A Web Development Primer

By Ahmad Permessur

You've learned HTML, and you're good with graphics. You have a lot of content, and people are coming to your site. You have it all, right?

Well, not exactly.

When the World Wide Web first became popular, HTML was the only language programmers could use to create Web pages. They soon learned that HTML had some major limitations. Although HTML presented the user with a "page" of information, the Web page and the user had a limited amount of interaction; the experience was like reading the front page of a newspaper on a computer monitor. Now most computer users, whether they use Windows, Macintosh, UNIX, or a combination of the three, are accustomed to graphical applications that provide interaction. They're used to clicking buttons, entering values into text boxes, and choosing from menus. In fact, the only way to get useful work done with a computer is to interact with it. The first generation of Web pages provided information to the users, but the users couldn't interact with the Web the way they could with their word processors. If users wanted to interact with their Web pages, they had to send the data to the server, which contained all the "smarts." The server sent its results back to the Web page. This interaction required a great deal of extra time, effort, and overhead, and the user interface was very constrained compared to other popular applications.

Fortunately, the builders of the Internet and the World Wide Web recognized these limitations. They soon realized that if the user was denied the capability to interact with the Web page, the Web itself would become little more than a collection of information, much like a library full of books. Although that collection is very useful, users demand more from their computers than a duplication of what they could find elsewhere.

The capabilities of HTML began to grow and become more powerful. Soon, designers began to realize that they needed more than just HTML to make the Internet accessible and useful to the masses. Corporations that wanted to develop enterprise solutions or explore the profit potential of the Internet also began to pressure designers to give them something more.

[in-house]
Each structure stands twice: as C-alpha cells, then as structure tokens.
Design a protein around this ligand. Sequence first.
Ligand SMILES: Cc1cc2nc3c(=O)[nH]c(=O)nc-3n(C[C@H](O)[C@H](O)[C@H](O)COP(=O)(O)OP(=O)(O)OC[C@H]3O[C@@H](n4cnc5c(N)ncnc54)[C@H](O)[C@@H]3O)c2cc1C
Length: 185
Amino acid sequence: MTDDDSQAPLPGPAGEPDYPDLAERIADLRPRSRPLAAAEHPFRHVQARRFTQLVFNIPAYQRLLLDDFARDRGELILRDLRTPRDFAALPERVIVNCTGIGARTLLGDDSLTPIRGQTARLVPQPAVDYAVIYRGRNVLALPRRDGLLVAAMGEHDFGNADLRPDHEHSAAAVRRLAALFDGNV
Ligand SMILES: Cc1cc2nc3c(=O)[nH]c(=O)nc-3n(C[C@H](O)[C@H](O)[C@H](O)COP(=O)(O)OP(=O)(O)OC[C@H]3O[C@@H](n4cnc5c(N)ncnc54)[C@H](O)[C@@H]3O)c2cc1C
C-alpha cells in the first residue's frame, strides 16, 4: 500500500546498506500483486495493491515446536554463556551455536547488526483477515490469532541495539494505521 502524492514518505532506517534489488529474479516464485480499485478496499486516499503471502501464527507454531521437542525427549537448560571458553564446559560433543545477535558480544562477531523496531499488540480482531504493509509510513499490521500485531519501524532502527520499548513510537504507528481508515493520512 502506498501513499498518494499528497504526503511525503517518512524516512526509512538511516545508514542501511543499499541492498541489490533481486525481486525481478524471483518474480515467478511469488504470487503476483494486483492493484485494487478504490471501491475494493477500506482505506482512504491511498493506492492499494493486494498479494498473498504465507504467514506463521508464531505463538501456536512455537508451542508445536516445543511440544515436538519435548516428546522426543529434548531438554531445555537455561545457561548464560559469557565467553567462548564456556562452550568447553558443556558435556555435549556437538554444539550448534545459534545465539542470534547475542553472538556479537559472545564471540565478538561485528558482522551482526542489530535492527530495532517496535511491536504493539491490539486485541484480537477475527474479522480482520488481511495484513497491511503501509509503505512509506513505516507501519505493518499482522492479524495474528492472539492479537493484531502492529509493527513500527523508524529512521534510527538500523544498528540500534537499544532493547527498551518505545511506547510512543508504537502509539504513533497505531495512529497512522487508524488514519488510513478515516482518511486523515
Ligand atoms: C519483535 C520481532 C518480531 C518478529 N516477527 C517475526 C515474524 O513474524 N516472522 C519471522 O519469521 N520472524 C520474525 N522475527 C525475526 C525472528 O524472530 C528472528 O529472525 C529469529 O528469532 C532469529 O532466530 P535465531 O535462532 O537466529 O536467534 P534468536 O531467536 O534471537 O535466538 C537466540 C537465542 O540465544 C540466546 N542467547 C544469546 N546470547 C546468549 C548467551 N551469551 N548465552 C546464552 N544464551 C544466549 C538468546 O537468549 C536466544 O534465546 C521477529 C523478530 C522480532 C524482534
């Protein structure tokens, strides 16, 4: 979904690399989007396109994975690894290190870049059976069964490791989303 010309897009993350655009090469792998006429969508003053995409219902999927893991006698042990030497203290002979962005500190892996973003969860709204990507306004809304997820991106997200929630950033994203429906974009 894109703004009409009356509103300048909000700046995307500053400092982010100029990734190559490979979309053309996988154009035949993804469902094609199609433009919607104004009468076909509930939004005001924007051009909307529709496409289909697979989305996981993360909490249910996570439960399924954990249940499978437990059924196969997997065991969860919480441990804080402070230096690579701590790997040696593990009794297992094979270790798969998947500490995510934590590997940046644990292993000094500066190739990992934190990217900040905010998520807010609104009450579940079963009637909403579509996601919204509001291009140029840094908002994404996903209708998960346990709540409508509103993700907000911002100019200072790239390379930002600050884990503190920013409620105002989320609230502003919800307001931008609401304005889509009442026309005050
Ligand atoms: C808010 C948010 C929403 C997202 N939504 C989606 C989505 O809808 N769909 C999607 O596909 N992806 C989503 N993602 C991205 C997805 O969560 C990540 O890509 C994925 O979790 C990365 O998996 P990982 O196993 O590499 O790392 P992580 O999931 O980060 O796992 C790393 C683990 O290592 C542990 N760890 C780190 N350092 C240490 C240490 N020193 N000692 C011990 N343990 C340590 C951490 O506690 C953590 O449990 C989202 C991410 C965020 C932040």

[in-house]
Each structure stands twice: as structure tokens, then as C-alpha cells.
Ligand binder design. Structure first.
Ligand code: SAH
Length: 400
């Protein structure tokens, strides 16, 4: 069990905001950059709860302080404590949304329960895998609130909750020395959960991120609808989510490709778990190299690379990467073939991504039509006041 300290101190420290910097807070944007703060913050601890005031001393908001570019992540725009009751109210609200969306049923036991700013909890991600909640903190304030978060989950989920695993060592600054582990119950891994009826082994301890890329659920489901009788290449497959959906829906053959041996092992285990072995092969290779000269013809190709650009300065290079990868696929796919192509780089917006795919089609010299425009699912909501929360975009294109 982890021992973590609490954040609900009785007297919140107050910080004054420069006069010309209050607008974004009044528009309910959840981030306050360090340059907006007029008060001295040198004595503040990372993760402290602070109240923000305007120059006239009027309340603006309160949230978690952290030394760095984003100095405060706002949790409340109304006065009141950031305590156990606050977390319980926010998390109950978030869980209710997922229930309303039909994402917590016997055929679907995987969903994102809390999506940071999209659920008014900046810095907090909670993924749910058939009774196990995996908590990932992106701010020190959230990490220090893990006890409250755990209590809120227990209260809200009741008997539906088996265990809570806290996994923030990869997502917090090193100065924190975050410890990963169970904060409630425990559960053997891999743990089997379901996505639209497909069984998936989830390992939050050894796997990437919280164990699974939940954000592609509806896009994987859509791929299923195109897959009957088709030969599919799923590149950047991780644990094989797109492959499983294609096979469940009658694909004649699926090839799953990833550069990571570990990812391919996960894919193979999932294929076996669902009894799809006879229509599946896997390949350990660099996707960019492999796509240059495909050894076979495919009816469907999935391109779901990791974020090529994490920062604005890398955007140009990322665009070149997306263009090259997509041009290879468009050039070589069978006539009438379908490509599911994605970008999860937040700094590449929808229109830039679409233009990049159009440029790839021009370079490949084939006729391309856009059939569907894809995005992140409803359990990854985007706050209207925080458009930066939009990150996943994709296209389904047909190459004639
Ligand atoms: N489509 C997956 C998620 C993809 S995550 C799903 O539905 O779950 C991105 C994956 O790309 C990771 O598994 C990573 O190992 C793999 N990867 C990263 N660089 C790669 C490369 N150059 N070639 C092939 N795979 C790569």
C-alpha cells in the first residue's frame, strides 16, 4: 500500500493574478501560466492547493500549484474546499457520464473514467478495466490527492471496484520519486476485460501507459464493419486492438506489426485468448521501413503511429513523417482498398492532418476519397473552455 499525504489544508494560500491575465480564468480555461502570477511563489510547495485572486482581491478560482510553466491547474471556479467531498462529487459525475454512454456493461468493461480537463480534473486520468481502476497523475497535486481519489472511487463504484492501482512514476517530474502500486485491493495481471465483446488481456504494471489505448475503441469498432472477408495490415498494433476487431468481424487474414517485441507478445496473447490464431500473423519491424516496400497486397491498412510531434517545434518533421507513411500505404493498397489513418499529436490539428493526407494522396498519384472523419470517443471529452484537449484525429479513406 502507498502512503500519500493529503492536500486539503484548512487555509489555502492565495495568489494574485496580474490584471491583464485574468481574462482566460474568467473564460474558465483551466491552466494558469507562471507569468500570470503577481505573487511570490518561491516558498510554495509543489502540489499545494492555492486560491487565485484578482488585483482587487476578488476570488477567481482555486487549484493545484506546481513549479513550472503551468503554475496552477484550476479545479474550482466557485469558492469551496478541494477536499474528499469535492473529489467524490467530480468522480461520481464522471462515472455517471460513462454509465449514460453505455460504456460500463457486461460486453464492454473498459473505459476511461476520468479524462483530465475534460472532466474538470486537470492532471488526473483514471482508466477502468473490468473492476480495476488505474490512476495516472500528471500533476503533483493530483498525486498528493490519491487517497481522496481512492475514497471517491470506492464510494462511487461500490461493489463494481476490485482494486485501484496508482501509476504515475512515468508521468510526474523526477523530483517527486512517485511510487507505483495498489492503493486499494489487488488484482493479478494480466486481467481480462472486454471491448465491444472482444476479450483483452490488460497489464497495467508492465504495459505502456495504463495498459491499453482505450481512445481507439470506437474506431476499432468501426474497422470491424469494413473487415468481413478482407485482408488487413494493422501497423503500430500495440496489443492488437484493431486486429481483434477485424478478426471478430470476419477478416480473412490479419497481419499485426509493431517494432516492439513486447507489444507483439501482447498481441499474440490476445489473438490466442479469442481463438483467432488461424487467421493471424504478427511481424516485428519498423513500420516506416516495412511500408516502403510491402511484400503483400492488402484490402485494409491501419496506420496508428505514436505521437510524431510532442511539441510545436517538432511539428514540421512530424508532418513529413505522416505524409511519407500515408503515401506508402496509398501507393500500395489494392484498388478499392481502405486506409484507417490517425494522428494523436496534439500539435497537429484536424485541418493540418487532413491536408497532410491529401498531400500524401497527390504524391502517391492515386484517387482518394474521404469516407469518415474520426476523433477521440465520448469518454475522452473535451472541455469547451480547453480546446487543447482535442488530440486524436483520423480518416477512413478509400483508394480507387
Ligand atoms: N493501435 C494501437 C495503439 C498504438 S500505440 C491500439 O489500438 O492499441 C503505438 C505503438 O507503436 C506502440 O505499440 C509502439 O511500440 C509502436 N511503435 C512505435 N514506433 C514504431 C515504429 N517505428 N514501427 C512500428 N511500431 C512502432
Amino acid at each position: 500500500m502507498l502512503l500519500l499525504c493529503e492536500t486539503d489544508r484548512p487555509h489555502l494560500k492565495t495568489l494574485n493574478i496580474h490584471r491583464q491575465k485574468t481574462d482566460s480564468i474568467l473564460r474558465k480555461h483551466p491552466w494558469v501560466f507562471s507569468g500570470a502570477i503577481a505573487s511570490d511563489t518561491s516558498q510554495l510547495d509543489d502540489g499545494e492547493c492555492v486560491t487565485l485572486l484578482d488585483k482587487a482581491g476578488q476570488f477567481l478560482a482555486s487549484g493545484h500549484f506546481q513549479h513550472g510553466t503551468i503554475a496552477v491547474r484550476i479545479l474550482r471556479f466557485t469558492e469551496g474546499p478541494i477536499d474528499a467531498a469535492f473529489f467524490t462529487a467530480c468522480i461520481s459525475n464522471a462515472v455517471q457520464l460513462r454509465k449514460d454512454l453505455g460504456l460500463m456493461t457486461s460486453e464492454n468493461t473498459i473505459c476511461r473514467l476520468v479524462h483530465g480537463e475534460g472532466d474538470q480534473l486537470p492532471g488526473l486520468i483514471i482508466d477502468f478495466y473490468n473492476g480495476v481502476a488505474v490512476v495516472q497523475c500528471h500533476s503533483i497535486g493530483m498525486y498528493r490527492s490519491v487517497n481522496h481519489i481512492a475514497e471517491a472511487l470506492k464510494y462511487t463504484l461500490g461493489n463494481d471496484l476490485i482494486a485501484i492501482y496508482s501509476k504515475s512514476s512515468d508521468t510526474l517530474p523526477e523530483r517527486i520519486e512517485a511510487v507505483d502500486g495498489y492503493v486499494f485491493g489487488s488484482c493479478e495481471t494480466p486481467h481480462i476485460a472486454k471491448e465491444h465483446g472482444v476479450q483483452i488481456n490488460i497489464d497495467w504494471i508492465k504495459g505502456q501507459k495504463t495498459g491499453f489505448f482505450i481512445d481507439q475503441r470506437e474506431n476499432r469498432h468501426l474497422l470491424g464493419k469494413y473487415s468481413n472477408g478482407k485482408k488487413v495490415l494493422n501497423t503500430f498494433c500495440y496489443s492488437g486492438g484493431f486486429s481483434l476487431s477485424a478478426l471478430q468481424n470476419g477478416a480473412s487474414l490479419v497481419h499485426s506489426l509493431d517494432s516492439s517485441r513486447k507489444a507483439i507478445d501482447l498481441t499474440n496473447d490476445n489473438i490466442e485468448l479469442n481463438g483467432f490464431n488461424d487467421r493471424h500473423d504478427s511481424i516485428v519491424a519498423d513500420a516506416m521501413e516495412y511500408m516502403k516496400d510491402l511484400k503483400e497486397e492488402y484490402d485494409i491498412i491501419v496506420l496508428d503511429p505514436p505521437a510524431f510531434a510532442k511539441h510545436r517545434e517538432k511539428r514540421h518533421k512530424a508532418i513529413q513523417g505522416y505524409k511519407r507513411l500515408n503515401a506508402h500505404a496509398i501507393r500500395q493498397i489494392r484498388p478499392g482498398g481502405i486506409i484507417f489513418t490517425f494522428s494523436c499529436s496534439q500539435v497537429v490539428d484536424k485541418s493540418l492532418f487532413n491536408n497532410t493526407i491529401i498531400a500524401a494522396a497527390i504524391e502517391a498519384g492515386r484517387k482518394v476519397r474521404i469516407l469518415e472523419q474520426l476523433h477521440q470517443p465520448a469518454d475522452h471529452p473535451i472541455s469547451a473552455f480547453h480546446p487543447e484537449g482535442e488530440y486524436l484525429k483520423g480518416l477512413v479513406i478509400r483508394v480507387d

The Internet is basically a client and server environment, with 3 components to the medium:

  • Client side technologies

  • Server side technologies

  • Networks

Each will be discussed in turn in this article. So when you're ready, grab a cup of coffee and carry on reading!

Client Side Technologies

Client side technologies are those that are interpreted (executed) by the user's browser. When you type a website's address in your web browser, the latter will make a request to the web server where your HTML files are stored, and the HTML file is sent to the browser for viewing. The different technologies that are included in the HTML page (such as CSS and JavaScript) are all executed on the client browser. A limitation of client-side programming is that it is hard to tell what browser/platform is being used, and it might turn out that some of the client-side technologies are not supported (or not fully supported) by the browser, with the result that your web page(s) might not display properly. The section that follows will take you on a quick tour to discover the major client-side technologies.

CSS (Cascading Style Sheets)

To understand CSS, it's worth recalling the main purpose of HTML. The latter was originally designed as a structural language, but with time and updates, HTML has been used as a tool for presentation, making use of fonts, colors and other visual elements. These days the purpose of CSS is to restore HTML to its original structural language. In other words, cascading style sheets are a new way of formatting your page layout, text, fonts, images, and almost anything that controls the look and feel of your web page. It is included either in-line with the HTML file or linked as a separate file which can then be used by different HTML files. The advantage of separating the structure and look is that web pages can be tailored for different users, browsers, and platform and an obvious benefit is that updating becomes easier.